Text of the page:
Here are other things Dark Shadows got wrong. Real vampires die when they jump off cliffs. We don’t cry blood. If a coffin is chained, you probably shouldn’t open it. Real vampires can’t mesmerize or hypnotize people beyond Vegas party tricks. I’ve heard of some vampires who sleep in coffins, but I have a very comfortable queen-size bed that I love. Dark Shadows and True Blood portray vampire sex as this crazy, jump-off-the-walls thing. It can be very exciting, but it’s not like that. Barnabus has bad breath, but I brush and even mouthwash most nights. We don’t burn from touching silver. And while the sun can hurt, it’s not like we burst into flames. In fact, it’s very similar to my wife: though she’s not a vampire, she’s got very pale skin and sunburns easily. It’s good to keep some sunscreen around. And we only have sharp, creepy fingernails if that’s the way we want them-and some people do. At one point, I thought it would be cool to have sharp, creepy fingernails so I tried growing them out, but I found out that just wasn’t my style.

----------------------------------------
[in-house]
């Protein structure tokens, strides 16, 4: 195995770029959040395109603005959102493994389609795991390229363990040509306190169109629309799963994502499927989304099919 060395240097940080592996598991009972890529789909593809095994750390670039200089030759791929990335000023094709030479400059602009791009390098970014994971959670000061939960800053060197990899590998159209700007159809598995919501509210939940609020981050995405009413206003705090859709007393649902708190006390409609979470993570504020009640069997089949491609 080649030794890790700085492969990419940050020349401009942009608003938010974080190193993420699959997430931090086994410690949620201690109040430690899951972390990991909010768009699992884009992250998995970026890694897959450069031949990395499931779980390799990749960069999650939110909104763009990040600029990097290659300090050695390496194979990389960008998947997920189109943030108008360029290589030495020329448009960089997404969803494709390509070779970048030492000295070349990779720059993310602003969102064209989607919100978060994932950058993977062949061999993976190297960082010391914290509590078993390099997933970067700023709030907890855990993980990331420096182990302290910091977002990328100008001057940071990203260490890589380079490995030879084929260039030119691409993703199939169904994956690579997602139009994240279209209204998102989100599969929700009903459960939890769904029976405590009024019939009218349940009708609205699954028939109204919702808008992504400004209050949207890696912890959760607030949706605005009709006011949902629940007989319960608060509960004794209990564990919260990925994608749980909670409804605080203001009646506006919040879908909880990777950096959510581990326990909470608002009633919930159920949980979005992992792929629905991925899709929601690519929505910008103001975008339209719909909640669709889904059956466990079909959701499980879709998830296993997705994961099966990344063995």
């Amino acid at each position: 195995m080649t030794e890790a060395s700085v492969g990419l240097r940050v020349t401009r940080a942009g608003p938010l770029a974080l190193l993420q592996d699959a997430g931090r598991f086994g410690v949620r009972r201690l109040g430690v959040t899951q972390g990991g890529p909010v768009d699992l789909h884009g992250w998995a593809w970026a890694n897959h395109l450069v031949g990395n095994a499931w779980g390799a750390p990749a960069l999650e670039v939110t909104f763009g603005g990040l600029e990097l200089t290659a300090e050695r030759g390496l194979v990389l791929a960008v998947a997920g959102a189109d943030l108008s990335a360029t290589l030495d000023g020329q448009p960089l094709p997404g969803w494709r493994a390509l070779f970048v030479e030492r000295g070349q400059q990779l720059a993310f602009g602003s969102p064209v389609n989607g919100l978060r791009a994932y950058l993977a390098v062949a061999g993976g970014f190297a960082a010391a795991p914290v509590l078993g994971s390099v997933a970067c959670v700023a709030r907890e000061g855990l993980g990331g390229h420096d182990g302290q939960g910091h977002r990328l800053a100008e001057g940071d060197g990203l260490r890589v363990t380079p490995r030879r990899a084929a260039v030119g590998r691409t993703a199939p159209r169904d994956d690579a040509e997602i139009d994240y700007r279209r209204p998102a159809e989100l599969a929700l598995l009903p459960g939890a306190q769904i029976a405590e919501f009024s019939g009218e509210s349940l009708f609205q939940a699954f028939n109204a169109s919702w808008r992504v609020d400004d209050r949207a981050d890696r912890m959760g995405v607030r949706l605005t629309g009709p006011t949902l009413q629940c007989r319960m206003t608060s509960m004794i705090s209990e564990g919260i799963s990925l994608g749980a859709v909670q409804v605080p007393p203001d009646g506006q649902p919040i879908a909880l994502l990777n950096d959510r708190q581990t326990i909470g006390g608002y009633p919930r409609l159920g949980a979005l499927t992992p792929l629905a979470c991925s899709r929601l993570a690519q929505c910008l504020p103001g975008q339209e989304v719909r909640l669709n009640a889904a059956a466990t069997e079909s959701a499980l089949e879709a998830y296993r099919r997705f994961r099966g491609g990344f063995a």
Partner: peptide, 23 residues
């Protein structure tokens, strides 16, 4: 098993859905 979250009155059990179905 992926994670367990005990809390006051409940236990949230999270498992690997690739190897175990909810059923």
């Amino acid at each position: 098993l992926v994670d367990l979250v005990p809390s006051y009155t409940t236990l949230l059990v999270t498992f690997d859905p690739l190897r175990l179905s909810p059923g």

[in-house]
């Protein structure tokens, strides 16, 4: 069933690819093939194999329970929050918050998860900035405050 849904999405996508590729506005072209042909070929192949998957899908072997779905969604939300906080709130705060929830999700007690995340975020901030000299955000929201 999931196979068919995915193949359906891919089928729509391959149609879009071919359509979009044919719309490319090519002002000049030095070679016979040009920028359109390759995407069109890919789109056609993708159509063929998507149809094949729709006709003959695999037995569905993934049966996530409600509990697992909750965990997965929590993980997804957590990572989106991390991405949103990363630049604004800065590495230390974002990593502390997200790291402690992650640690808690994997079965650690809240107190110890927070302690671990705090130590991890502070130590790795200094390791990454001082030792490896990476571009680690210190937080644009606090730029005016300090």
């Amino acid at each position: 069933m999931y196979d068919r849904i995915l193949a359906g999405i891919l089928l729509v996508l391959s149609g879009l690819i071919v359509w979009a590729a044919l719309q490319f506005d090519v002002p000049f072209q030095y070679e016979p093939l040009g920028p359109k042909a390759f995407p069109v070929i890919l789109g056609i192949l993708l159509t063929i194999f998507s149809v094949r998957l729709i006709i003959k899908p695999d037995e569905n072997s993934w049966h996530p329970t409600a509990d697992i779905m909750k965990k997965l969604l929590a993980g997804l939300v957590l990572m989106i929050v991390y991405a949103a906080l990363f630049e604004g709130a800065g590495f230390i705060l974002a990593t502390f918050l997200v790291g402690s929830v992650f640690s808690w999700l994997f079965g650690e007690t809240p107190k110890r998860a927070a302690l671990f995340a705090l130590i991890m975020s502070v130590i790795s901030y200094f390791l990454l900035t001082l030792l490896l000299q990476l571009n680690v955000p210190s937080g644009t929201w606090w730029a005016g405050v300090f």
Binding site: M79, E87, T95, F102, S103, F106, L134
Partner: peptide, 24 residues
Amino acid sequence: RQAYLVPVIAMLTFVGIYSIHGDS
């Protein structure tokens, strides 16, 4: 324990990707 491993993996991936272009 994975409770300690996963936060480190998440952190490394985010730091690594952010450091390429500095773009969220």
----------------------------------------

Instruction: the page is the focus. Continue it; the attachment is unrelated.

Oh, and real vampires can and do eat real food in addition to blood. I try to keep a pretty healthy diet: cereal in the morning, something good for dinner. Most sanguine vampires like me don’t need a large amount of blood, and we don’t need it very often. When I’m not so busy, my wife and I sit down once a week and go through our little deal where I feed. Safety is of paramount importance. There’s no biting necks—not even getting near necks at all. We’ve had blood tests done on both of us to check for STDs and other diseases, and I got some training from a phlebotomist to make sure I was doing everything safely.